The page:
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Dead Calm (1989)
"Dead Clam" A Thriller of Desperate Loneliness
After jokingly calling this move "Dead Clam" for years and years, my wife and I finally saw the darn thing. It's a good movie. The bad points are that it has two big '80s movie formulas: the psychotic, inscrutable bad guy with absolutely no back story telling us why he's doing the things hes doing and a "shock" ending where said bad guy comes "back from the dead" only to be finally dispatched in some ludicrously flashy way. (Flare to the head, anyone?)
But the good part was when Sam Neill was lost at sea with night falling quickly and Nicole Kidman piloting her ship in the middle of the Pacific to find him. The desperate loneliness was only heightened by the feeling that, with a movie like this, she just might not find him in time. The music during this part was absolutely wonderful. It made up for Billy Zane's nonsense character. Though he did do a really good job with his character, I must say.
Go, Diego! Go! (2005)
More enriching and entertaining than Dora
"Go, Diego, Go!" was obviously intended to be a show that was better-suited for boys than "Dora the Explorer." My 2-year old son tolerated Dora for about a three-week stint, then abandoned her. (Thank God. That show is insufferable.) But he is a devoted Diego fan, despite the fact that they've only had about eight different episodes to spread out over their first four weeks. He doesn't care.
Unlike Dora, who just stares into space for five minutes while you look for Strawberry Mountain like she's brain-damaged, Diego does smart, intricate things like identify animals by their individual cries and their paw prints. The other good thing is that, by focusing on South American animals, it teaches kids that there's more to nature than just cows, pigs, and chickens. It's a wonderful start to getting kids to realize that there's a bigger world out there.
My final thought? It's one of the few shows on Nick that I can actually sit through, so that's pretty good.
Dave Allen at Large (1971)
An old and really funny show.
I used to watch this show back when I was a kid, and to this day I still think of it from time-to-time. (Hence the fact that I'm here today.) He would mix sitting on stage and telling jokes to showing skits that were Python-like in their humor. While on stage, he'd always have a drink in his hand. One time he had the camera do a close-up and you could see that he had part of one finger missing. He'd say, "I used to hold my glass with that finger... strong drink!" I know darn well that if I were to see this today it wouldn't be nearly as funny as my childhood memory, but then again, maybe it would.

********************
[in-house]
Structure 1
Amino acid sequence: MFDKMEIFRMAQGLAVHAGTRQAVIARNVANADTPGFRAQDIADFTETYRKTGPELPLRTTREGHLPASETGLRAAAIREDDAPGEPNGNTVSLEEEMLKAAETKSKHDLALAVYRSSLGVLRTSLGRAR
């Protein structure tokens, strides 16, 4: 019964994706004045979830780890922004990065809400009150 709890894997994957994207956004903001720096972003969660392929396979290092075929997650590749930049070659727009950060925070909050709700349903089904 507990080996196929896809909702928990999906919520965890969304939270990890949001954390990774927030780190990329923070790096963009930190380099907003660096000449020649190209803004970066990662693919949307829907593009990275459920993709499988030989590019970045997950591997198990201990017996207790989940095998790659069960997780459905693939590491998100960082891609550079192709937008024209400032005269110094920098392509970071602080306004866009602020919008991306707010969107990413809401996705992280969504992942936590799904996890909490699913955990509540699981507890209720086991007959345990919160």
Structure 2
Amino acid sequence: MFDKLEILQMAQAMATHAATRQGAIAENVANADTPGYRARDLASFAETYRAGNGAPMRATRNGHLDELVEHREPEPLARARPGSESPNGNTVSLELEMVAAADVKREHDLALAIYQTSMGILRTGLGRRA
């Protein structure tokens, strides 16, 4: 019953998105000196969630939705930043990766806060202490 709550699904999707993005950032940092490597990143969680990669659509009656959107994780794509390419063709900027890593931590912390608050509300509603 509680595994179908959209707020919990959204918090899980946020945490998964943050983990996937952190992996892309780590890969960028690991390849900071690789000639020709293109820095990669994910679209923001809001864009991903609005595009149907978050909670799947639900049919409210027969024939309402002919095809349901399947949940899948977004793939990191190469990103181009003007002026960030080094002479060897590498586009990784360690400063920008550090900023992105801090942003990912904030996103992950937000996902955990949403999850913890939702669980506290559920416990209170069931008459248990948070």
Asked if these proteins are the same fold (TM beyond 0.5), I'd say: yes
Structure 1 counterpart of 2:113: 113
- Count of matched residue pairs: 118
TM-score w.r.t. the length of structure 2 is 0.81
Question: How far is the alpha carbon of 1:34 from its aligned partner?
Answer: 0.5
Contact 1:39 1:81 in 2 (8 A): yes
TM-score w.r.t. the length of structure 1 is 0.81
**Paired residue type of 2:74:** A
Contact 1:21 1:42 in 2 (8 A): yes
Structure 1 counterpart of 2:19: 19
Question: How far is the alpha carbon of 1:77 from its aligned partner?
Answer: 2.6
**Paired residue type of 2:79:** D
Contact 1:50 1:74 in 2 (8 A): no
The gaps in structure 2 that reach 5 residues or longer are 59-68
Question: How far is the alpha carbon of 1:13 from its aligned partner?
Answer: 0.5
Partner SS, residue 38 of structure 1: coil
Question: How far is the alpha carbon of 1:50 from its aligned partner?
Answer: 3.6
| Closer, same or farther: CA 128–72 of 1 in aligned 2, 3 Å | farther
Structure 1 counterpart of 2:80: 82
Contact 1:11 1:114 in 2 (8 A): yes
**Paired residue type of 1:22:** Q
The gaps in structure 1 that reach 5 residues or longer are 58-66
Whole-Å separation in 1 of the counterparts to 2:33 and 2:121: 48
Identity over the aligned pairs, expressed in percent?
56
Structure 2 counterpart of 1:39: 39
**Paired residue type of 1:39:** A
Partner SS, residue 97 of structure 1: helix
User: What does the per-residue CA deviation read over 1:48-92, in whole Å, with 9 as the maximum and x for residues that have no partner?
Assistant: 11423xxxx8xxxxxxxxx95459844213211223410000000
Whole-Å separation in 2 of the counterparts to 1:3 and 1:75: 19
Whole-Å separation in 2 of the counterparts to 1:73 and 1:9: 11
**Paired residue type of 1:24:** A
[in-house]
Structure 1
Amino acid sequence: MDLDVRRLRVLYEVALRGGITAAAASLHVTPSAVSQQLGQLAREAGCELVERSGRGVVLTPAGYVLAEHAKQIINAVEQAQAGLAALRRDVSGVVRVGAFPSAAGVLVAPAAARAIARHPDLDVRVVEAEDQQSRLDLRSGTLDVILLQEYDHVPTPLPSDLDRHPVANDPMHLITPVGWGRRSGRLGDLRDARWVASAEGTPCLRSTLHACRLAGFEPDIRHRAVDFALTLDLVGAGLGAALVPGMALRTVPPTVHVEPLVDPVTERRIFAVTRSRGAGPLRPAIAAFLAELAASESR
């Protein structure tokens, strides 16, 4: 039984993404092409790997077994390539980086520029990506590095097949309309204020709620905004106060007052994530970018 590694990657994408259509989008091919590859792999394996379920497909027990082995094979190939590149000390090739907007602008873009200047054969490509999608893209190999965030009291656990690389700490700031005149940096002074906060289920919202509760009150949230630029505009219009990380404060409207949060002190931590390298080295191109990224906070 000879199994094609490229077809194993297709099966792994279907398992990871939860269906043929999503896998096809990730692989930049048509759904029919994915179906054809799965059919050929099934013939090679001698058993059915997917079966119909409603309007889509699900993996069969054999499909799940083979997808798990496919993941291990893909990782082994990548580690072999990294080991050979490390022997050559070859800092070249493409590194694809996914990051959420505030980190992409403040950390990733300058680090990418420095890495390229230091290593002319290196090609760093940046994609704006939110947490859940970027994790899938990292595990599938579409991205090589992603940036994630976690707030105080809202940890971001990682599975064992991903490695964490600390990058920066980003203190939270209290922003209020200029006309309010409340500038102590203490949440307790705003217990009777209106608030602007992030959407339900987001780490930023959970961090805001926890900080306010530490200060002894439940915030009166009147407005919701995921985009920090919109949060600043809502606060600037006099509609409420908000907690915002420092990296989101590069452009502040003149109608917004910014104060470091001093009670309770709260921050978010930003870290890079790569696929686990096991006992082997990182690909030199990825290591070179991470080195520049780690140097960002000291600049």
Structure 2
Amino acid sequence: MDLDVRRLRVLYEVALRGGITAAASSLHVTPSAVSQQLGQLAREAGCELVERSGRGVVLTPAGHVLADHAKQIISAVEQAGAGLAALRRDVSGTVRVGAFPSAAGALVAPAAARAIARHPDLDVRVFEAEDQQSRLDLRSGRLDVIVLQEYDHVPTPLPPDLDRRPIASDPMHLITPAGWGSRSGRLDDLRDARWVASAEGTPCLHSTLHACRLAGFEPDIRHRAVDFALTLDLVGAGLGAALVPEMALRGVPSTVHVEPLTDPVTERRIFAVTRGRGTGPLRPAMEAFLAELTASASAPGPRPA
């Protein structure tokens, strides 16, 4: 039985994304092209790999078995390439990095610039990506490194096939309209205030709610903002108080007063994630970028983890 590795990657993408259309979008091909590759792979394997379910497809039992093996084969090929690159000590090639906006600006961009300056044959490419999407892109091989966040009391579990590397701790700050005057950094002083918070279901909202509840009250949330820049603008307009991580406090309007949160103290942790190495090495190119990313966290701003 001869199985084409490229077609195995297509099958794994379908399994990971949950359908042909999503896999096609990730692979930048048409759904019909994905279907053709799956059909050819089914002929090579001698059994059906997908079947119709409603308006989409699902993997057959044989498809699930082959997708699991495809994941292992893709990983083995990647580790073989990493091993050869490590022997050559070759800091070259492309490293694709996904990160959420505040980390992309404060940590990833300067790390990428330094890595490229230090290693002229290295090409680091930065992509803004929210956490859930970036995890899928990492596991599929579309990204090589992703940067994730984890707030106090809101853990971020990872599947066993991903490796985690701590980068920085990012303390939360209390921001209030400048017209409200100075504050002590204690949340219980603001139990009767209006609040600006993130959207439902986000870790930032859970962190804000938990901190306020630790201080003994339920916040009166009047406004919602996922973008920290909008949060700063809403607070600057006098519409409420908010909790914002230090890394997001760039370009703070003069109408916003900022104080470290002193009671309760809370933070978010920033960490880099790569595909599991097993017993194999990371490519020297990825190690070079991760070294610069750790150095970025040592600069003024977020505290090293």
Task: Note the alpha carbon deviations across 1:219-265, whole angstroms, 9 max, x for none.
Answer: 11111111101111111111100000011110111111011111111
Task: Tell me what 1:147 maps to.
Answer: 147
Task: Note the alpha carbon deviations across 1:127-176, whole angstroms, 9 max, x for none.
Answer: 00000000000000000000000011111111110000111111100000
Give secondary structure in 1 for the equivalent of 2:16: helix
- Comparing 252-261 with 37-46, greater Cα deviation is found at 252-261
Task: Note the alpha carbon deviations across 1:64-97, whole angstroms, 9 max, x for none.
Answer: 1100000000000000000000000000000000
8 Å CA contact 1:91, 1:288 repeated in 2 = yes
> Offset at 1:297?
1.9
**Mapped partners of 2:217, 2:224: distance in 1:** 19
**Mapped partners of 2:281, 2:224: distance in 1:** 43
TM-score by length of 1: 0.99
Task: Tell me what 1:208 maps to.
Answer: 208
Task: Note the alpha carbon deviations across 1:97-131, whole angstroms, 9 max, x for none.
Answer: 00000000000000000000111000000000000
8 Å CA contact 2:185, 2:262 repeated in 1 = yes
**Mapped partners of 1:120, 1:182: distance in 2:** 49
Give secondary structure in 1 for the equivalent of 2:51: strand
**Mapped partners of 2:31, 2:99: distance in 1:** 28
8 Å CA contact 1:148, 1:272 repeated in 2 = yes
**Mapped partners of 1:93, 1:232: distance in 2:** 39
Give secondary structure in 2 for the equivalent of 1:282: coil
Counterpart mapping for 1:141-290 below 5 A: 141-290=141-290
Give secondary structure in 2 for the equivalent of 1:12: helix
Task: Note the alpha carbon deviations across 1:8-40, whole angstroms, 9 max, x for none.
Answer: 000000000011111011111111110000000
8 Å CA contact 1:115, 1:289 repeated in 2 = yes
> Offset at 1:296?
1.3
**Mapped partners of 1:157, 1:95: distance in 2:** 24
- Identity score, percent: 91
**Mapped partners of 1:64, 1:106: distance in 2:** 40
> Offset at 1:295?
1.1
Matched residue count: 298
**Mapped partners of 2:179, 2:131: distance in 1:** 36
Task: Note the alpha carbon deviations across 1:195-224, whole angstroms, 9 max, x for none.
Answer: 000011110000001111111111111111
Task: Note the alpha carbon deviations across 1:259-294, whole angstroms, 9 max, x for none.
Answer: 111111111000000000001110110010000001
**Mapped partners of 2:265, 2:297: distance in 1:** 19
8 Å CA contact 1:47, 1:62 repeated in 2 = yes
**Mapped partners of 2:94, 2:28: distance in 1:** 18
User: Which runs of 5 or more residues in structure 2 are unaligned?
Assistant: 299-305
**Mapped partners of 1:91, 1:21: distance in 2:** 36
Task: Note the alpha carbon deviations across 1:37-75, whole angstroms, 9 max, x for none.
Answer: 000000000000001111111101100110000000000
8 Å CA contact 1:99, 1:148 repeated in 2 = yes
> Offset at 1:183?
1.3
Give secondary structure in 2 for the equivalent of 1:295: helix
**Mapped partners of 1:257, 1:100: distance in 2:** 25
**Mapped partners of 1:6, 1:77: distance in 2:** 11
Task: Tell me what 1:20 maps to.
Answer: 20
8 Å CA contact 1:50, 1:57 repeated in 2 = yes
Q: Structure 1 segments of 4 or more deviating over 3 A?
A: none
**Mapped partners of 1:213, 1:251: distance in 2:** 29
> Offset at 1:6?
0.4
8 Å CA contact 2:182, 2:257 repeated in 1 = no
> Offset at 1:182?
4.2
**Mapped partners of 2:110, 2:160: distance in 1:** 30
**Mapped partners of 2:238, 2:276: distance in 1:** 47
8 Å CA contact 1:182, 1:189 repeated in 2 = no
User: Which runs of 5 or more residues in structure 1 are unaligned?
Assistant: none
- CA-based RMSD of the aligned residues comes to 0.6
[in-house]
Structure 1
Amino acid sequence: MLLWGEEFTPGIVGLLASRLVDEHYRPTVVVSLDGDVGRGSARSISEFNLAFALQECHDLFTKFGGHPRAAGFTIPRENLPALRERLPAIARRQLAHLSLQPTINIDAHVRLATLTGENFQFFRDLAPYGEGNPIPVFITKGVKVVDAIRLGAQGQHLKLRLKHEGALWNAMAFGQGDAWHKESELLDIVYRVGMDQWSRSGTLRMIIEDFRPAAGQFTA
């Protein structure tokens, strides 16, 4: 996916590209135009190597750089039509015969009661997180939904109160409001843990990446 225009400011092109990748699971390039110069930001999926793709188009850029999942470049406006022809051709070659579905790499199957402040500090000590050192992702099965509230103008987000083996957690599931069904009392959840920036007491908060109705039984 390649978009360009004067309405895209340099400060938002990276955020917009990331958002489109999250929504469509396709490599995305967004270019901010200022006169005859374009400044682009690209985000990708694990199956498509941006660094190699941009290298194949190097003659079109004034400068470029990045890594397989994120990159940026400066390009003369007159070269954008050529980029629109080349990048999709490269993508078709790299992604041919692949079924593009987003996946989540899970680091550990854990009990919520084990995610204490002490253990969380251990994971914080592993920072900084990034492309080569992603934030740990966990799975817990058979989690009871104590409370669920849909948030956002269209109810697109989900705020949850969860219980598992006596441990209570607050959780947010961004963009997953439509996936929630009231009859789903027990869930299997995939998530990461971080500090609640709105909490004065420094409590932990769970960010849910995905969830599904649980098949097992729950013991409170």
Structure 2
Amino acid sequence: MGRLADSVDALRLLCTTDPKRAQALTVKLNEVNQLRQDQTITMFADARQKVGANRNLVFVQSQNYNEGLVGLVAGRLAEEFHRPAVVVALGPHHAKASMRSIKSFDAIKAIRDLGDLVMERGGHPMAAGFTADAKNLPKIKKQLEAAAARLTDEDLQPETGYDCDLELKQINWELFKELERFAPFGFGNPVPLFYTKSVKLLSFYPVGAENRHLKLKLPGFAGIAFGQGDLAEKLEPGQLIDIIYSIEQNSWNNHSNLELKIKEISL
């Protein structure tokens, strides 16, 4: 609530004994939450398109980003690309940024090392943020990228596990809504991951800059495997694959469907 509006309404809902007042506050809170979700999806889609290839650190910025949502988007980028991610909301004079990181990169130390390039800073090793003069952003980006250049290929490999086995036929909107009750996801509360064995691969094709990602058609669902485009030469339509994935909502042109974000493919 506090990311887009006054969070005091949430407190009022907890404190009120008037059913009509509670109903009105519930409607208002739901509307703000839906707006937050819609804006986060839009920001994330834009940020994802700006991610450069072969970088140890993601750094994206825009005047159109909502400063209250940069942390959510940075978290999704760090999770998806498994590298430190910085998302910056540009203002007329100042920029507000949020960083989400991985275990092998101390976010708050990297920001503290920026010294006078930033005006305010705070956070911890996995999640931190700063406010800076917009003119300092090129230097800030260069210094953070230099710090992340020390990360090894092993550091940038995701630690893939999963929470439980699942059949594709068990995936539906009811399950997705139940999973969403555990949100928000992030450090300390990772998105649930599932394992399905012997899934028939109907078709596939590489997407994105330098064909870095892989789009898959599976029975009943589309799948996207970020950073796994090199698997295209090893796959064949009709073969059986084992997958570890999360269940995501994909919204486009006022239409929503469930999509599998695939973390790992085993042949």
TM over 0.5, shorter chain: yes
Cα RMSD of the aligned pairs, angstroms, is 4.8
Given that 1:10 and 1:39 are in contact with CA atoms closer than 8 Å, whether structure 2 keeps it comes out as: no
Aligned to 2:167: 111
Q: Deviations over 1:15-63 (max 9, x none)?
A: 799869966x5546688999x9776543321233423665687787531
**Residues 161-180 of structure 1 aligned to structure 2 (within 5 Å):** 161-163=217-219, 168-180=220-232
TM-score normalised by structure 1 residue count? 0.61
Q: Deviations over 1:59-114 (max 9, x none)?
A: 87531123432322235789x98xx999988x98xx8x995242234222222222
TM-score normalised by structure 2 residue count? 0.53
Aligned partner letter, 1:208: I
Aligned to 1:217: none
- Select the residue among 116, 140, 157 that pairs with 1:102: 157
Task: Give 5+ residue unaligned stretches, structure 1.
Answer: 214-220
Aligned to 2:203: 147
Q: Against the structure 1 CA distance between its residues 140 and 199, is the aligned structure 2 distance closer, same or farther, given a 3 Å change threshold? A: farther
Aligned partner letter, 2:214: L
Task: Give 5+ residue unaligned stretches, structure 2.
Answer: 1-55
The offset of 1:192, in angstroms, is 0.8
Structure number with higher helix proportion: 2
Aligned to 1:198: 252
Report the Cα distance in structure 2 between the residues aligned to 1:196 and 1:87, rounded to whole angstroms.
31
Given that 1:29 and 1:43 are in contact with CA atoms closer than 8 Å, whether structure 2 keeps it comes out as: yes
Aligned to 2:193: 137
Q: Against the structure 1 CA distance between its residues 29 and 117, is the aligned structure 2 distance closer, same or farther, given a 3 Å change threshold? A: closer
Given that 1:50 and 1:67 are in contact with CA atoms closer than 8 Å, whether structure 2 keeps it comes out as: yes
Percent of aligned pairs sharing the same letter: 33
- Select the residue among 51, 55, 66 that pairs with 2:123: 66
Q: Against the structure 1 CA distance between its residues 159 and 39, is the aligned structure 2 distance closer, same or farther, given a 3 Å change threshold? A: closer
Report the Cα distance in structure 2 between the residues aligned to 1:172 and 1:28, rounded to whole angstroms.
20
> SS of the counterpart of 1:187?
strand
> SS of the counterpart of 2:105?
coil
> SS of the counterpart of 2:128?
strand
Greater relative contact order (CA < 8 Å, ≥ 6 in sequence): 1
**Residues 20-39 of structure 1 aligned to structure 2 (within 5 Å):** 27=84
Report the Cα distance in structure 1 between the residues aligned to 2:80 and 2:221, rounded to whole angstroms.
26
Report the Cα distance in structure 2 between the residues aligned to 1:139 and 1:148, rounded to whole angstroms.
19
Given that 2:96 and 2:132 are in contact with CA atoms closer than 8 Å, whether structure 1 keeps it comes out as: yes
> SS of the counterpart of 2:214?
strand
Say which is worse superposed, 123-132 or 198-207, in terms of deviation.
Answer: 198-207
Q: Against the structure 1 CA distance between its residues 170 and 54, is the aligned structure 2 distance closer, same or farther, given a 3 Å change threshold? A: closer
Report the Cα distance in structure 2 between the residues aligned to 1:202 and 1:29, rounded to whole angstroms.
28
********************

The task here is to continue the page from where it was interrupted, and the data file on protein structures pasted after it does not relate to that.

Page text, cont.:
One of my favorite skits had him dressed as a bishop with a robe, miter and staff. (Religeon was one of his comedy foils, but he'd always emphasize he was just having fun.) He was in a litter being carried by two men. Across the field, they spotted a rival bishop, also in a litter. The two men glared at each other, lowered their staffs, and had their litter-bearers run at each other like they were in a joust. I liked it.
The Grudge (2004)
Scariest movie I've ever seen!
I have to comment on this one. I just watched the movie last night, and I couldn't go to sleep for two hours afterwords! And I'm a 36-year old man, to boot! The ghost of Kayako was so creepy, she even scared me when I watched the behind-the-scenes sections. This is one spooky movie, mostly because the people involved are completely in the mercy of the ghosts. In America, the heroes would be looking for a solution, but in this one, they don't have much of a chance. That makes for a big difference. In the behind-the-scenes sections, they talked about how in American horror movies, the people who get killed are shown having deserved it, somehow. In Japanese movies, the victims are truly innocent, and that just makes it all the much worse.
This is a disaster OF a movie.
A toy Space Needle collapses. A toy train is chased by a yawning chasm that perfectly follows the length of the train tracks for more than five miles. A plastic Golden Gate Bridge smashes into the bay, taking dozens of Hot Wheels cars with it. The special effects in this movie leave something to be desired.
The acting of the characters as they attempt to get away from these earthquakes is also silly. Kim Delaney and the Dukes of Hazzard guy are the only ones I even recognize.
I gave this three stars; one was because the lighting and sound were adequate.
Omega Doom (1996)
Even Rutger couldn't save this no-plot movie.
I caught this on the Action Channel today. The only reason I did is because Rutger Hauer is in it.
Basically, it's another stereotypical Western set in the future.
I have to say that for a low-budget movie that had no plot, script, special effects, or a real soundstage for a set, it was pretty bad. Omega Doom walks into a broken down Epcot Center in the future. The Armageddon has come and humans are in hiding, trying to re-build the world. Said world is now populated mostly by killer androids and their drone servants.
Two rival tribes of war androids are camped out and looking for a mythical cache of weapons that they can use to finally destroy the humans.
By tribes, I mean that each group has only three or four members. Omega Doom convinces him that he knows where the weapons are, and separates them so he can destroy them, one by one.
One tribe looks like the usual Mad Max rejects, the other consists of identical women that look like Jonette Napolitano of Concrete Blonde. One of them survives and becomes peaceful.
And the movie's over. Just like that.
All of the women in this film were very intriguing and looked great! They're the only thing that kept me watching the whole way through. Rutger was doing his usual good job of acting. He just wasn't doing too much talking.
Watch only if you have nothing better to do.